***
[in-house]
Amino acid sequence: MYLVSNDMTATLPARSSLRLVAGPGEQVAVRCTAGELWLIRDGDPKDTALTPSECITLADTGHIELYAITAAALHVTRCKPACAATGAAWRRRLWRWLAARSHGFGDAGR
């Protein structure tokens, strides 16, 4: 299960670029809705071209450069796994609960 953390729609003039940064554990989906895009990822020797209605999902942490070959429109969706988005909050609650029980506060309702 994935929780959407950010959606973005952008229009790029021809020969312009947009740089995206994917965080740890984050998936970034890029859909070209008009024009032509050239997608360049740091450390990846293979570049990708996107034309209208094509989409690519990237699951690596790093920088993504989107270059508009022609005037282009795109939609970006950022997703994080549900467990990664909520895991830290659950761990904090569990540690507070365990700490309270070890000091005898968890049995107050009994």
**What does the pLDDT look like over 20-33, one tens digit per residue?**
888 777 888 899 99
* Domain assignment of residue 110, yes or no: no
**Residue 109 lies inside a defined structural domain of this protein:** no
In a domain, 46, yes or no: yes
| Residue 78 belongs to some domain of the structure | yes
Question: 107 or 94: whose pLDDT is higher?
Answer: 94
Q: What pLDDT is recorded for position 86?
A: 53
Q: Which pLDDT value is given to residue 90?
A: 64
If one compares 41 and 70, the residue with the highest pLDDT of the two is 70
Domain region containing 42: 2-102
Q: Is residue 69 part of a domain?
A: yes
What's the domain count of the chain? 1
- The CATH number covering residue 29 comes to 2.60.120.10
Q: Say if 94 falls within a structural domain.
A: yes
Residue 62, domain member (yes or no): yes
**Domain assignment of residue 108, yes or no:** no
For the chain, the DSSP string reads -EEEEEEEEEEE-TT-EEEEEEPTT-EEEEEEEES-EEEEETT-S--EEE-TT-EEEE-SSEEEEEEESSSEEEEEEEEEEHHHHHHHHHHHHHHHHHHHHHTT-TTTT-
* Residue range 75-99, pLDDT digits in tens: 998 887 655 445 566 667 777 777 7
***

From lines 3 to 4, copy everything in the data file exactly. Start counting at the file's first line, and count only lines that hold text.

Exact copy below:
């Protein structure tokens, strides 16, 4: 299960670029809705071209450069796994609960 953390729609003039940064554990989906895009990822020797209605999902942490070959429109969706988005909050609650029980506060309702 994935929780959407950010959606973005952008229009790029021809020969312009947009740089995206994917965080740890984050998936970034890029859909070209008009024009032509050239997608360049740091450390990846293979570049990708996107034309209208094509989409690519990237699951690596790093920088993504989107270059508009022609005037282009795109939609970006950022997703994080549900467990990664909520895991830290659950761990904090569990540690507070365990700490309270070890000091005898968890049995107050009994």
**What does the pLDDT look like over 20-33, one tens digit per residue?**